Author + information
- Maria Gallego-Delgado, MD,
- Juan F. Delgado, MD, PhD,
- Vicens Brossa-Loidi, MD, PhD,
- Jesús Palomo, MD, PhD,
- Raquel Marzoa-Rivas, MD, PhD,
- Felix Perez-Villa, MD, PhD,
- Joel Salazar-Mendiguchía, MD,
- Maria J. Ruiz-Cano, MD, PhD,
- Esther Gonzalez-Lopez, MD,
- Laura Padron-Barthe, PhD,
- Belen Bornstein, MD, PhD,
- Luis Alonso-Pulpon, MD, PhD and
- Pablo Garcia-Pavia, MD, PhD∗ ()
- ↵∗Department of Cardiology, Hospital Universitario Puerta de Hierro, Manuel de Falla, 2. Majadahonda, Madrid, 28222, Spain
Restrictive cardiomyopathy (RCM) is characterized by restrictive ventricular physiology in the presence of normal diastolic volume and normal ventricular wall thickness (1). RCM is the least common cardiomyopathy and its prevalence is unknown (1,2). Furthermore, its etiology could be familial, acquired, or related to systemic disease (1,2).
Very few studies have investigated the genetic characteristics of RCM (2,3). Moreover, those studies were confined to a small number of patients and a limited number of genes (2,3). Consequently, the genetic spectrum of RCM is mostly unknown and no clear recommendations exist regarding the usefulness of genetic testing in RCM (4). Additionally, unlike other inherited cardiomyopathies, it is unknown which genes should be analyzed and the yield of genetic testing in RCM remains undetermined (4).
We sought to define the genetic basis of RCM and to determine the yield of modern genetic testing technologies (next-generation sequencing), plus detailed familial studies in this setting.
We studied 32 unrelated patients (41 ± 14 years; 44% men; 84% heart transplanted) with end-stage RCM. Patients with the following diagnostic criteria for idiopathic RCM (1) at baseline pre-transplant evaluation were included: biatrial enlargement, restrictive filling pattern, absence of significant left ventricular (LV) hypertrophy (maximum wall thickness <15 mm), nonsignificant LV dilation (LV end-diastolic diameter <117% of predicted), and no evidence of constrictive pericarditis. Impairment of LV ejection fraction was not considered an exclusion criterion because patients with RCM can exhibit LV systolic dysfunction in the end-stage phase of the disease. Nevertheless, family history and previous clinical records of patients with LV ejection fraction <45% were investigated to confirm whether patients had idiopathic RCM. Patients with known infiltrative, metabolic, and syndromic causes of RCM were excluded.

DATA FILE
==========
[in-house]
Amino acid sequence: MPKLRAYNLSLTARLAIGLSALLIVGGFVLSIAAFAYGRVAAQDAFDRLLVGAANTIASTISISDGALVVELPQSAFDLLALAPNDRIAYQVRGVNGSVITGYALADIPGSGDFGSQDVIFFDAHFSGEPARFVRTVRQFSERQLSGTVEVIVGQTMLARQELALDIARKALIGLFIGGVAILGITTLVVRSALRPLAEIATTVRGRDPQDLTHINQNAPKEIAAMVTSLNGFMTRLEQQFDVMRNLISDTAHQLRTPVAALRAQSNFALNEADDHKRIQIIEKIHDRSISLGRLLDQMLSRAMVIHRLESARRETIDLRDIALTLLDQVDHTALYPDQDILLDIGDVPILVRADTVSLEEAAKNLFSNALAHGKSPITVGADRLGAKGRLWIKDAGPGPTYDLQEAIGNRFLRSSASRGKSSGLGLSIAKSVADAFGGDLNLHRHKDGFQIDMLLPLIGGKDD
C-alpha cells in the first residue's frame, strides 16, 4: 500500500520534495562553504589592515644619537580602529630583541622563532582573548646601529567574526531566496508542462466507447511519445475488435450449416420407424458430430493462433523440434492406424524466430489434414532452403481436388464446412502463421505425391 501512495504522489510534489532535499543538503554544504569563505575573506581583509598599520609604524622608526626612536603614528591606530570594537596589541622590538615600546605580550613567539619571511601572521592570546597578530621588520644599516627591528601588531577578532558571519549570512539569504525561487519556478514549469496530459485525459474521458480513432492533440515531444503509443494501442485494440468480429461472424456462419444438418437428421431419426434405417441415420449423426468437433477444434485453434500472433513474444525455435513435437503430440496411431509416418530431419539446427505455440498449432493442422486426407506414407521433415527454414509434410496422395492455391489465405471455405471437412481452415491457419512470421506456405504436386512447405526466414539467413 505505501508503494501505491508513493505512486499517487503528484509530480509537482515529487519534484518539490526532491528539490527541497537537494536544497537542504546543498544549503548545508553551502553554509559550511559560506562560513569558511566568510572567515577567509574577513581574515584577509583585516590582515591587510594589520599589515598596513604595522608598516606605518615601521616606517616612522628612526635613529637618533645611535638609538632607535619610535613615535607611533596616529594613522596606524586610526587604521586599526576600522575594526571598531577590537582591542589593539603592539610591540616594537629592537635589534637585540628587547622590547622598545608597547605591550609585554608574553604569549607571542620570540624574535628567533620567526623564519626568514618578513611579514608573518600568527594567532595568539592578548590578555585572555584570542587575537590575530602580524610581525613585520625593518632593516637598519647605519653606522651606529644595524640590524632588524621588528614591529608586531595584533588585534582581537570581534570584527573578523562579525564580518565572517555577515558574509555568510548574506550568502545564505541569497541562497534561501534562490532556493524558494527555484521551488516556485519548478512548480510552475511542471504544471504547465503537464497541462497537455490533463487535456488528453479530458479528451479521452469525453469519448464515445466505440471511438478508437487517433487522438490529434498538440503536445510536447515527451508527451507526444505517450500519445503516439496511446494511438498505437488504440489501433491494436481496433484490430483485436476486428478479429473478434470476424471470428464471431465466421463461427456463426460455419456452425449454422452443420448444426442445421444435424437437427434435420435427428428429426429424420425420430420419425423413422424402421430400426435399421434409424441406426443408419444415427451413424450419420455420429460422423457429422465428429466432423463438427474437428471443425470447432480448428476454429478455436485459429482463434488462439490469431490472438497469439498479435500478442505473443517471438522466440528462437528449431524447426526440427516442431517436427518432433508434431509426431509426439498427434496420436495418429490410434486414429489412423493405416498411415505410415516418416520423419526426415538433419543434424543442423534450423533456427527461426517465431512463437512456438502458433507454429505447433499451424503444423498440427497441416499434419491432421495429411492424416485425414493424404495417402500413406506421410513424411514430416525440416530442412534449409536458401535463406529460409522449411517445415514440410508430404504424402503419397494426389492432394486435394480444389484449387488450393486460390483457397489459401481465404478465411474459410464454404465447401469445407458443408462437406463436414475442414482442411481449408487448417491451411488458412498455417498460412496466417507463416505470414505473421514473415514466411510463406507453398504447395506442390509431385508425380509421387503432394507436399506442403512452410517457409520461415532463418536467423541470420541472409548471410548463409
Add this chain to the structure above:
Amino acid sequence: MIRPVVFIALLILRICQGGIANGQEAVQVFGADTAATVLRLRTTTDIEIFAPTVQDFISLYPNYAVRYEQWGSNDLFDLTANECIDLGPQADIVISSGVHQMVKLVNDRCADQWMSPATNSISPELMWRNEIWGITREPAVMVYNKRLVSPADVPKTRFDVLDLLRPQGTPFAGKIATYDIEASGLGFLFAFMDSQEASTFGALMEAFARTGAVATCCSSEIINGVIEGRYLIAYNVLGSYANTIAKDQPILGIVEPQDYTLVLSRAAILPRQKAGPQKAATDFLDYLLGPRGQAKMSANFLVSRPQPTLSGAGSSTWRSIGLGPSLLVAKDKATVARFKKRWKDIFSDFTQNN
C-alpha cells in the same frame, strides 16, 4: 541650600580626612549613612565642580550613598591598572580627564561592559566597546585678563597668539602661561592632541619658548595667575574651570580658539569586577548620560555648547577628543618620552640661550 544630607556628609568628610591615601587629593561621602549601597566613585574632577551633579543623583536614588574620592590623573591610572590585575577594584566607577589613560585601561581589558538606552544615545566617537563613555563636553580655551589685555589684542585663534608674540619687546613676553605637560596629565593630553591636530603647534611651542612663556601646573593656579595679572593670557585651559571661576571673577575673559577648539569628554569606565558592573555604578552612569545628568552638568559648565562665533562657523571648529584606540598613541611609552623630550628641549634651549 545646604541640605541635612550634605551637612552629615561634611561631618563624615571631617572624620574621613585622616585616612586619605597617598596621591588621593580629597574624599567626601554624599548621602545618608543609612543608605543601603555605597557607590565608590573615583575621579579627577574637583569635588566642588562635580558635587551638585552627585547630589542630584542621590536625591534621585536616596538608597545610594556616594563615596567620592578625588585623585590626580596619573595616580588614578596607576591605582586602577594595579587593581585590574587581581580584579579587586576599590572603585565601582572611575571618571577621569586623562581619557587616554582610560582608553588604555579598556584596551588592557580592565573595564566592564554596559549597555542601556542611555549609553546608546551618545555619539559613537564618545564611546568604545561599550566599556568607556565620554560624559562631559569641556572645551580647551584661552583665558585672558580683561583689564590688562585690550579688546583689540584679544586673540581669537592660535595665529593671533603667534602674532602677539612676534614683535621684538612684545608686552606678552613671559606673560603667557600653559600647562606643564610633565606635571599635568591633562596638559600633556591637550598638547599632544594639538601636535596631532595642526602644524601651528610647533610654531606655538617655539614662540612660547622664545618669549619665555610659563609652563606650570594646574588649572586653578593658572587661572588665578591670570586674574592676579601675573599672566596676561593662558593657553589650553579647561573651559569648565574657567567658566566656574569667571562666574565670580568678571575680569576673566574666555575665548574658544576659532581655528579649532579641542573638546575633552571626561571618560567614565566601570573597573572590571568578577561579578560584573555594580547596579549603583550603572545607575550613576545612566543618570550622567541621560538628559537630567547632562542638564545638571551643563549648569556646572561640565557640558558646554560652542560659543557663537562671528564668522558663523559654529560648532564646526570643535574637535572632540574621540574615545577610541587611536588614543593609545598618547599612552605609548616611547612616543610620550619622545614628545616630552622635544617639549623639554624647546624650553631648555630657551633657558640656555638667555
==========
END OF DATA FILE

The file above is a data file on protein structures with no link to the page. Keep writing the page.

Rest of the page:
DNA samples were analyzed by targeted next-generation sequencing with a panel of 209 genes related to inherited cardiovascular diseases (77 associated with cardiomyopathies, most available from commercial companies). Three samples showed suboptimal DNA quality and, in these, more than 10% of fragments had low coverage (<30 times). Overall mean coverage of the 77 cardiomyopathy-related genes among the remaining 29 samples was 350 times with >95% of the fragments showing coverage >30 times. Sanger sequencing was used to confirm the genetic variants found and to evaluate fragments with low coverage.
Sequence variants were initially classified as pathogenic mutations (previously reported as pathogenic mutations or novel truncating mutations) or variants of uncertain significance. Variants of uncertain significance were reclassified according to cosegregation results. Familial evaluation included electrocardiogram and echocardiography in 94 relatives and genetic study in 89 (95%) individuals from 26 families (81%).
The RCM-causing mutation was identified in 19 patients (60%). Mutated genes included MYH7 (4 patients), DES (3), FLNC (3), MYBPC3 (2), LMNA (2), TCAP (1), TNNI3 (1), TNNT2 (1), TPM1 (1), and LAMP2 (1). Eleven patients (34%) exhibited only variants of uncertain significance and 2 (6%) did not bear any mutation (Figure 1).
RCM was considered as genetically determined (identified pathogenic mutations or evidence of familial disease even in the absence of an identified disease-causing mutation) in 24 cases (75%; 16 familial RCM and 8 sporadic RCM). The disease-causing mutation was identified in 19 of those cases (79%). Cardiac evaluation in 76 relatives from the 24 families where RCM was considered as genetically determined revealed 9 subjects with hypertrophic cardiomyopathy, 7 with hypertrophic cardiomyopathy with restrictive filling pattern, and 3 with pure RCM. Additionally, 2 mutation carriers with nondiagnostic abnormalities at electrocardiogram and echocardiogram and 5 phenotype-negative/genotype-positive individuals were identified.
This study is the largest cohort of genetically tested patients with RCM reported to date and is the first to analyze the yield of next-generation sequencing technology in this disease. The results of the study show that idiopathic RCM is primarily a genetic disease and that a disease-causing mutation can be identified in ≥60% of cases.
Based on our results and considering the potential benefits for relatives, genetic testing should always be offered to patients with RCM. Future guidelines and consensus documents on genetic testing should upgrade the level of recommendation to class I and should increase the number of genes to test in RCM.
Please note: This work was supported in part by the Instituto de Salud Carlos III (grants PI12/01941, RD012/0042/0001, RD012/0042/0002, RD012/0042/0015, RD012/0042/0044, RD012/0042/0066, and RD12/0042/0069). Grants are supported by the Plan Nacional de I+D+I 2008-2011 and the Plan Estatal de I+D+I 2013-2016 – European Regional Development Fund “A way of making Europe.” The authors have reported that they have no relationships relevant to the contents of this paper to disclose. The authors gratefully acknowledge the personnel from participating heart transplant units and Health in Code for their help.
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